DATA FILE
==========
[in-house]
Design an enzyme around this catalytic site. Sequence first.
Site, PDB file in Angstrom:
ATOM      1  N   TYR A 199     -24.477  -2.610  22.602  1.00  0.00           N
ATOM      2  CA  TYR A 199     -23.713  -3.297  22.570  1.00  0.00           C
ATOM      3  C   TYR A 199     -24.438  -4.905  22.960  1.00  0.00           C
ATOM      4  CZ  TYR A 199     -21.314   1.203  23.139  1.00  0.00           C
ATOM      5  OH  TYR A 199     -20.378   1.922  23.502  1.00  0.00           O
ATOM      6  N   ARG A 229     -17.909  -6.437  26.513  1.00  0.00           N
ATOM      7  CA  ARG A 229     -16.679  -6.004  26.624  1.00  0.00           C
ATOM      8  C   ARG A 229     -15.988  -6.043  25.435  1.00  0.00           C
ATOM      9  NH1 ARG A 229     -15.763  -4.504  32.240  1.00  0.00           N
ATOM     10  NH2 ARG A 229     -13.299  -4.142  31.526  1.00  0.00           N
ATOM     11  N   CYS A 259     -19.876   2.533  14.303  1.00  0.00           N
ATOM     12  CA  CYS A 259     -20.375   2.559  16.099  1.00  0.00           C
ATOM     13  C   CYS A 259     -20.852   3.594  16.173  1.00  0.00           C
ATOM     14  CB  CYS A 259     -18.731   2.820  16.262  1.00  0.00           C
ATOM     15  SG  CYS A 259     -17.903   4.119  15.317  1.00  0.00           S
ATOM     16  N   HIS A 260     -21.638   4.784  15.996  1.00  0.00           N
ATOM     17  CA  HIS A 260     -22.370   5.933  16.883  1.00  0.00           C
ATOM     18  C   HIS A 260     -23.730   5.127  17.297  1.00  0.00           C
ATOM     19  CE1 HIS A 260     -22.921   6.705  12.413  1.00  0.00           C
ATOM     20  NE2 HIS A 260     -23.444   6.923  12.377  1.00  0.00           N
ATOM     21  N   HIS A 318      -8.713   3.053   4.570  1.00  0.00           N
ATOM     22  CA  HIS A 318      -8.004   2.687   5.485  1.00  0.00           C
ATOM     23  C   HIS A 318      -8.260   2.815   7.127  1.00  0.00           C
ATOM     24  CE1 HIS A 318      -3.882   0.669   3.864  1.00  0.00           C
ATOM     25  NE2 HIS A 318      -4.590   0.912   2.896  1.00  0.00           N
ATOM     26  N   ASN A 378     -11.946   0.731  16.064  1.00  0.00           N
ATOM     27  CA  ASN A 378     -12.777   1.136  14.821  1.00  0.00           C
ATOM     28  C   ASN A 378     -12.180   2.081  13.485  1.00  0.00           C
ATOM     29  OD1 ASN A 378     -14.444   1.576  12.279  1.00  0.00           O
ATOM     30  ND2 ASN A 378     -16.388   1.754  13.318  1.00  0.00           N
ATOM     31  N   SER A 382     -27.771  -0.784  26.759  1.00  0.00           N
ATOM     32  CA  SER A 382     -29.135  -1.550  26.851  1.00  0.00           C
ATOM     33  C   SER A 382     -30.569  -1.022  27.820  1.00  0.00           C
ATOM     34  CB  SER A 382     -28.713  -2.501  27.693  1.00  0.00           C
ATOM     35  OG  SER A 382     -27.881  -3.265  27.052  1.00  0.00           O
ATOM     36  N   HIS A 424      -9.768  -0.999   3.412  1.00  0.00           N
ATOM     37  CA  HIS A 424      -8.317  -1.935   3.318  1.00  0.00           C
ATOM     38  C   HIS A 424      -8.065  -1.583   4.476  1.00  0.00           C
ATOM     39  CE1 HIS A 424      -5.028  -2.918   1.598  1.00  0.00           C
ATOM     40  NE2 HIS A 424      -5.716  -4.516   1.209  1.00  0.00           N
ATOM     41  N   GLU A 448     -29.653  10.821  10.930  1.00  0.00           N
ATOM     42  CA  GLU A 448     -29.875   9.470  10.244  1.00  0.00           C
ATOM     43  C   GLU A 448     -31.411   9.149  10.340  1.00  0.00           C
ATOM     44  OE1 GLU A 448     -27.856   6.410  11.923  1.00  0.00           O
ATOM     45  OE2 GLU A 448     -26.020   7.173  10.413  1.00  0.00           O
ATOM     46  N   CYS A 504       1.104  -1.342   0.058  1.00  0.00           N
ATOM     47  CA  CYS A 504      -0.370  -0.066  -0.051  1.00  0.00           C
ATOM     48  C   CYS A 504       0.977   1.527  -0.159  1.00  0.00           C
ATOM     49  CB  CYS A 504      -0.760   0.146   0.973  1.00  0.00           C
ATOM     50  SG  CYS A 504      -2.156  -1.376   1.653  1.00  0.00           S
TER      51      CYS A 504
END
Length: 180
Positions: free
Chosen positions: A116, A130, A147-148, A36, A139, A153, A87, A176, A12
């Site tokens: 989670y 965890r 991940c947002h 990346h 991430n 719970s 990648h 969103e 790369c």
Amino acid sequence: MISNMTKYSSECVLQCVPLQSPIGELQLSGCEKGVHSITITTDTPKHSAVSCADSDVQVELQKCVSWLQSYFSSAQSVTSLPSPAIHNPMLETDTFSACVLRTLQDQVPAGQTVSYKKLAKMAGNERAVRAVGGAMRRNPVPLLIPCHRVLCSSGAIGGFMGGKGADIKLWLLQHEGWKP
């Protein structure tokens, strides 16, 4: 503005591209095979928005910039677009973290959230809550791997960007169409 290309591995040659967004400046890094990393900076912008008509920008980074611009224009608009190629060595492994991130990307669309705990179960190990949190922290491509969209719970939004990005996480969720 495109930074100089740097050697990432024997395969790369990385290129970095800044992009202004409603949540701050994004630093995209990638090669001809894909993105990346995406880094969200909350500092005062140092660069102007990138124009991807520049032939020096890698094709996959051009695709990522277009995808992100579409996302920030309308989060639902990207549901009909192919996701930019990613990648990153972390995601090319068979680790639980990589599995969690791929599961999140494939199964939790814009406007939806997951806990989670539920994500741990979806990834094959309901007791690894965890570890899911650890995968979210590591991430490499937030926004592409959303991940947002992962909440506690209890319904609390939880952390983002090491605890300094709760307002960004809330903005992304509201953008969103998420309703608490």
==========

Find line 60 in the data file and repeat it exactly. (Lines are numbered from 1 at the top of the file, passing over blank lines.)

Amino acid sequence: MISNMTKYSSECVLQCVPLQSPIGELQLSGCEKGVHSITITTDTPKHSAVSCADSDVQVELQKCVSWLQSYFSSAQSVTSLPSPAIHNPMLETDTFSACVLRTLQDQVPAGQTVSYKKLAKMAGNERAVRAVGGAMRRNPVPLLIPCHRVLCSSGAIGGFMGGKGADIKLWLLQHEGWKP